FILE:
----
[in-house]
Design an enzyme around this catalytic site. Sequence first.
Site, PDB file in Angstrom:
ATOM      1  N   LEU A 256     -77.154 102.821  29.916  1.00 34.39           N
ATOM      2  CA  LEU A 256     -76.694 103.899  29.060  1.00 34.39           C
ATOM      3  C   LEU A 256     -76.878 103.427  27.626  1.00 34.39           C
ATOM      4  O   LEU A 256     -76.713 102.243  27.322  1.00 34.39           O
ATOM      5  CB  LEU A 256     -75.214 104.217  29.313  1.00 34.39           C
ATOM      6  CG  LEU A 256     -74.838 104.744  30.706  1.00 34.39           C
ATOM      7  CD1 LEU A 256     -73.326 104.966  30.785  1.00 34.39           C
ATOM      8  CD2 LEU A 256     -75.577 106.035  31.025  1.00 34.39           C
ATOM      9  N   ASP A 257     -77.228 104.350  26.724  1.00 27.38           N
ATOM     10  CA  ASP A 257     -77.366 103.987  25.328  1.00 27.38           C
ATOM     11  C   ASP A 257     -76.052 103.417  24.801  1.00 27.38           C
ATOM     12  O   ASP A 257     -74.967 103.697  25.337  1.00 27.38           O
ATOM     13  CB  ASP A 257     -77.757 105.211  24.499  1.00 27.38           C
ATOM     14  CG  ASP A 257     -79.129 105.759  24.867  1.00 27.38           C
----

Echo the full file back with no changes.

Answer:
[in-house]
Design an enzyme around this catalytic site. Sequence first.
Site, PDB file in Angstrom:
ATOM      1  N   LEU A 256     -77.154 102.821  29.916  1.00 34.39           N
ATOM      2  CA  LEU A 256     -76.694 103.899  29.060  1.00 34.39           C
ATOM      3  C   LEU A 256     -76.878 103.427  27.626  1.00 34.39           C
ATOM      4  O   LEU A 256     -76.713 102.243  27.322  1.00 34.39           O
ATOM      5  CB  LEU A 256     -75.214 104.217  29.313  1.00 34.39           C
ATOM      6  CG  LEU A 256     -74.838 104.744  30.706  1.00 34.39           C
ATOM      7  CD1 LEU A 256     -73.326 104.966  30.785  1.00 34.39           C
ATOM      8  CD2 LEU A 256     -75.577 106.035  31.025  1.00 34.39           C
ATOM      9  N   ASP A 257     -77.228 104.350  26.724  1.00 27.38           N
ATOM     10  CA  ASP A 257     -77.366 103.987  25.328  1.00 27.38           C
ATOM     11  C   ASP A 257     -76.052 103.417  24.801  1.00 27.38           C
ATOM     12  O   ASP A 257     -74.967 103.697  25.337  1.00 27.38           O
ATOM     13  CB  ASP A 257     -77.757 105.211  24.499  1.00 27.38           C
ATOM     14  CG  ASP A 257     -79.129 105.759  24.867  1.00 27.38           C